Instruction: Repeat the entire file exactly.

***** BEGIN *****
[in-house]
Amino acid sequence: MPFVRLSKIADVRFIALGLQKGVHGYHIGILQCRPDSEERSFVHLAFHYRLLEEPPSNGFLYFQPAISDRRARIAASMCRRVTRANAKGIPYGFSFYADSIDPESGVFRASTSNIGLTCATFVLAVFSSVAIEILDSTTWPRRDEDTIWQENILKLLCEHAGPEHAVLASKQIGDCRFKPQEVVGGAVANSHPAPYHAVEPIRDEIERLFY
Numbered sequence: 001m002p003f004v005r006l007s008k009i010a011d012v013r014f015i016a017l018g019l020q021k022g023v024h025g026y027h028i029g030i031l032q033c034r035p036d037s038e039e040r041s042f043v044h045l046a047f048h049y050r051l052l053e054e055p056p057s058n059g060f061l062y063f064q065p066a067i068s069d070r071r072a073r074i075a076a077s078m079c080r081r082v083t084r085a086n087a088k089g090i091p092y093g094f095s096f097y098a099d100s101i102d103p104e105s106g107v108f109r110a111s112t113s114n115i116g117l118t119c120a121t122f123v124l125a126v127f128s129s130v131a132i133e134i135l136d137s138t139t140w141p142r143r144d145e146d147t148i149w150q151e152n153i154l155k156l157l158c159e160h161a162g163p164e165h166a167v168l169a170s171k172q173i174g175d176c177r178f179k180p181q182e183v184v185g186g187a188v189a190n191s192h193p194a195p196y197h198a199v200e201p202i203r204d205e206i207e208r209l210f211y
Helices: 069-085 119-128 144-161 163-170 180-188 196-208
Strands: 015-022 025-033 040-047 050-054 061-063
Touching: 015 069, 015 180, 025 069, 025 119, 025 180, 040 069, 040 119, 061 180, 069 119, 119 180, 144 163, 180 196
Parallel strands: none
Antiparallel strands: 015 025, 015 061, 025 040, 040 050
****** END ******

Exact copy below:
[in-house]
Amino acid sequence: MPFVRLSKIADVRFIALGLQKGVHGYHIGILQCRPDSEERSFVHLAFHYRLLEEPPSNGFLYFQPAISDRRARIAASMCRRVTRANAKGIPYGFSFYADSIDPESGVFRASTSNIGLTCATFVLAVFSSVAIEILDSTTWPRRDEDTIWQENILKLLCEHAGPEHAVLASKQIGDCRFKPQEVVGGAVANSHPAPYHAVEPIRDEIERLFY
Numbered sequence: 001m002p003f004v005r006l007s008k009i010a011d012v013r014f015i016a017l018g019l020q021k022g023v024h025g026y027h028i029g030i031l032q033c034r035p036d037s038e039e040r041s042f043v044h045l046a047f048h049y050r051l052l053e054e055p056p057s058n059g060f061l062y063f064q065p066a067i068s069d070r071r072a073r074i075a076a077s078m079c080r081r082v083t084r085a086n087a088k089g090i091p092y093g094f095s096f097y098a099d100s101i102d103p104e105s106g107v108f109r110a111s112t113s114n115i116g117l118t119c120a121t122f123v124l125a126v127f128s129s130v131a132i133e134i135l136d137s138t139t140w141p142r143r144d145e146d147t148i149w150q151e152n153i154l155k156l157l158c159e160h161a162g163p164e165h166a167v168l169a170s171k172q173i174g175d176c177r178f179k180p181q182e183v184v185g186g187a188v189a190n191s192h193p194a195p196y197h198a199v200e201p202i203r204d205e206i207e208r209l210f211y
Helices: 069-085 119-128 144-161 163-170 180-188 196-208
Strands: 015-022 025-033 040-047 050-054 061-063
Touching: 015 069, 015 180, 025 069, 025 119, 025 180, 040 069, 040 119, 061 180, 069 119, 119 180, 144 163, 180 196
Parallel strands: none
Antiparallel strands: 015 025, 015 061, 025 040, 040 050